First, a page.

Here is a vignette from a small newspaper that will sound familiar to Southerners like me who were taught creationism in school:
Mark Tangarone, who teaches third, fourth, and fifth grade students in the Talented and Gifted (TAG) program at Weston Intermediate School, said he is retiring at the end of the current school year because of a clash with the school administration over the teaching of evolution . . . In an e-mail to Mr. Tangarone dated Sept. 8, 2008, [the school superintendent] rejected the basic program, citing for the most part the teaching of evolution: "While evolution is a robust scientific theory, it is a philosophically unsatisfactory explanation for the diversity of life. I could anticipate that a number of our parents might object to this topic as part of a TAG project . . . The TAG topics need to be altered this year to eliminate the teaching of Darwin's work and the theory of evolution."
And here is something that makes this story a bit less familiar: it took place in Connecticut.
A few months ago, I wrote about parents and school administrators who shy away from teaching young children about natural selection even as they encourage them to explore the world that evolution has given us. Their reasons are not always religious. Sometimes parents believe that children can't hoist in the complexity of evolutionary theory (which is actually elegant and simple if it's taught well, but that's another blog post). Sometimes they are worried that their children's teachers can't comprehend or accurately convey that same complexity. Sometimes they want to shield the very young from brute facts, or what one of my sources called "a theory where an awful lot of organisms have to die for things to work."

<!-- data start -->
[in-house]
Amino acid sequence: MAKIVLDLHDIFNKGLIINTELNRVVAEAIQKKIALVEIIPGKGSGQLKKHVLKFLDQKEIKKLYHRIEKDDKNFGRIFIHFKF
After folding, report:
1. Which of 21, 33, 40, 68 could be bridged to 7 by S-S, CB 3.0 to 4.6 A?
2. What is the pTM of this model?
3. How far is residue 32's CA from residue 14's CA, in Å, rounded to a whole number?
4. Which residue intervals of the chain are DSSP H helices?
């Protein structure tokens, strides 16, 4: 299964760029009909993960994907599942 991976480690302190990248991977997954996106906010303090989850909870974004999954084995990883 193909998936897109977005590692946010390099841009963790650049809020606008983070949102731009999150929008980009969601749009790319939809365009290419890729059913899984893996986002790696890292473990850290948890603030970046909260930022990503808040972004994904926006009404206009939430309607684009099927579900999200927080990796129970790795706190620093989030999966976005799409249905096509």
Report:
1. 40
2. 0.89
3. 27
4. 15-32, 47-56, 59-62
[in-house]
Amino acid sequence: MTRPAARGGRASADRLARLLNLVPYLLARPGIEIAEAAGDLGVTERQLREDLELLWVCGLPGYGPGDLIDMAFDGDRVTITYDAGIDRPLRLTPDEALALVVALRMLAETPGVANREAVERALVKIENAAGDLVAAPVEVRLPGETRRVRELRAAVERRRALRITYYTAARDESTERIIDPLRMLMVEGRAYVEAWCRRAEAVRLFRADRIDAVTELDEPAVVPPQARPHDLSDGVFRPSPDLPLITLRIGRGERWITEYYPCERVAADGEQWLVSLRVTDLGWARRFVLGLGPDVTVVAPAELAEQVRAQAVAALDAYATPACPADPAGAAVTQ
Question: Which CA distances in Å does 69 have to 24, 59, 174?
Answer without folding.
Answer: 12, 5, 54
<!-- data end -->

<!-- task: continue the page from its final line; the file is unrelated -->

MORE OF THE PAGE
And sometimes, as in the Connecticut case—best as I can tell—there seems to be an odd, uneasy fusion of all three problems, as well as the religious issue, in play. The superintendent of the Weston school goes on in his e-mail to note that "evolution touches on a core belief—Do we share common ancestry with other living organisms? What does it mean to be a human being? I don't believe that this core belief is one in which you want to debate with children or their parents, and I know personally that I would be challenged in leading a 10-year-old through this sort of discussion while maintaining the appropriate sensitivity to a family's religious beliefs or traditions." But in the subsequent newspaper article, the superintendent backpedals from all that, saying that Tangarone, the teacher, is leaving merely because he is "a 'disgruntled employee' who is 'unhappy with being supervised.' "
You know what? I’d be disgruntled, too, if my supervisor told me he was scared to offend people by suggesting that we "share common ancestry with other living organisms"—or that I wasn't allowed to do my job because he found scientific facts to be "philosophically unsatisfactory." Surely the most philosophically unsatisfactory action one could take is to deny the truth.